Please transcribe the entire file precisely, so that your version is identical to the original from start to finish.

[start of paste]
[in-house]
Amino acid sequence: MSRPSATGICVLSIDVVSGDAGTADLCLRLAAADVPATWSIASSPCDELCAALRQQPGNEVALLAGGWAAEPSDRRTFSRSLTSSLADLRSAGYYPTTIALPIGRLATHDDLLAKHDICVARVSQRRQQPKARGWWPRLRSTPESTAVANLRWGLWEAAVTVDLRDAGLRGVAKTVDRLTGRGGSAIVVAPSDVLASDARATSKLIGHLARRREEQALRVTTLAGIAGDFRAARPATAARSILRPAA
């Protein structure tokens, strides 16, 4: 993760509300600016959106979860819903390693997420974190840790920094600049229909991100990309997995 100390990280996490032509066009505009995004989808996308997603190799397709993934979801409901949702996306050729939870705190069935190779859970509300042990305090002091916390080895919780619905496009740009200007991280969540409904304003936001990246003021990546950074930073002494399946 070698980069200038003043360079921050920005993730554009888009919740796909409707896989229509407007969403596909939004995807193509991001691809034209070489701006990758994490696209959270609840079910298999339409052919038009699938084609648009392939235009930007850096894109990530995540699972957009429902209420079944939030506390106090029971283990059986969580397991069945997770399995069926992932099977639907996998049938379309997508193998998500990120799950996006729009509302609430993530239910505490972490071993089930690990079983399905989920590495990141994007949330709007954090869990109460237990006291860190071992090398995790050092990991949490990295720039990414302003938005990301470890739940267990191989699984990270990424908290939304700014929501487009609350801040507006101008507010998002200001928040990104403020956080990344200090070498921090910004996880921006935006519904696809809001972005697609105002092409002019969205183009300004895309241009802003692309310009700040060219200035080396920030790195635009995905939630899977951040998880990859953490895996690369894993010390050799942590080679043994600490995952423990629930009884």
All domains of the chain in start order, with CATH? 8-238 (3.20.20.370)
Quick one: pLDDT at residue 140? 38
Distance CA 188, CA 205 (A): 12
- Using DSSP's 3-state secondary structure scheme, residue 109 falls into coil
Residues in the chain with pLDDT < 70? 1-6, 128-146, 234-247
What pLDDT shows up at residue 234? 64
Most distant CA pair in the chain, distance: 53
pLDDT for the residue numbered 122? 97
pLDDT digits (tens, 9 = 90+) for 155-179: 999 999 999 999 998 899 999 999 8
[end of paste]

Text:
[in-house]
Amino acid sequence: MSRPSATGICVLSIDVVSGDAGTADLCLRLAAADVPATWSIASSPCDELCAALRQQPGNEVALLAGGWAAEPSDRRTFSRSLTSSLADLRSAGYYPTTIALPIGRLATHDDLLAKHDICVARVSQRRQQPKARGWWPRLRSTPESTAVANLRWGLWEAAVTVDLRDAGLRGVAKTVDRLTGRGGSAIVVAPSDVLASDARATSKLIGHLARRREEQALRVTTLAGIAGDFRAARPATAARSILRPAA
């Protein structure tokens, strides 16, 4: 993760509300600016959106979860819903390693997420974190840790920094600049229909991100990309997995 100390990280996490032509066009505009995004989808996308997603190799397709993934979801409901949702996306050729939870705190069935190779859970509300042990305090002091916390080895919780619905496009740009200007991280969540409904304003936001990246003021990546950074930073002494399946 070698980069200038003043360079921050920005993730554009888009919740796909409707896989229509407007969403596909939004995807193509991001691809034209070489701006990758994490696209959270609840079910298999339409052919038009699938084609648009392939235009930007850096894109990530995540699972957009429902209420079944939030506390106090029971283990059986969580397991069945997770399995069926992932099977639907996998049938379309997508193998998500990120799950996006729009509302609430993530239910505490972490071993089930690990079983399905989920590495990141994007949330709007954090869990109460237990006291860190071992090398995790050092990991949490990295720039990414302003938005990301470890739940267990191989699984990270990424908290939304700014929501487009609350801040507006101008507010998002200001928040990104403020956080990344200090070498921090910004996880921006935006519904696809809001972005697609105002092409002019969205183009300004895309241009802003692309310009700040060219200035080396920030790195635009995905939630899977951040998880990859953490895996690369894993010390050799942590080679043994600490995952423990629930009884």
All domains of the chain in start order, with CATH? 8-238 (3.20.20.370)
Quick one: pLDDT at residue 140? 38
Distance CA 188, CA 205 (A): 12
- Using DSSP's 3-state secondary structure scheme, residue 109 falls into coil
Residues in the chain with pLDDT < 70? 1-6, 128-146, 234-247
What pLDDT shows up at residue 234? 64
Most distant CA pair in the chain, distance: 53
pLDDT for the residue numbered 122? 97
pLDDT digits (tens, 9 = 90+) for 155-179: 999 999 999 999 998 899 999 999 8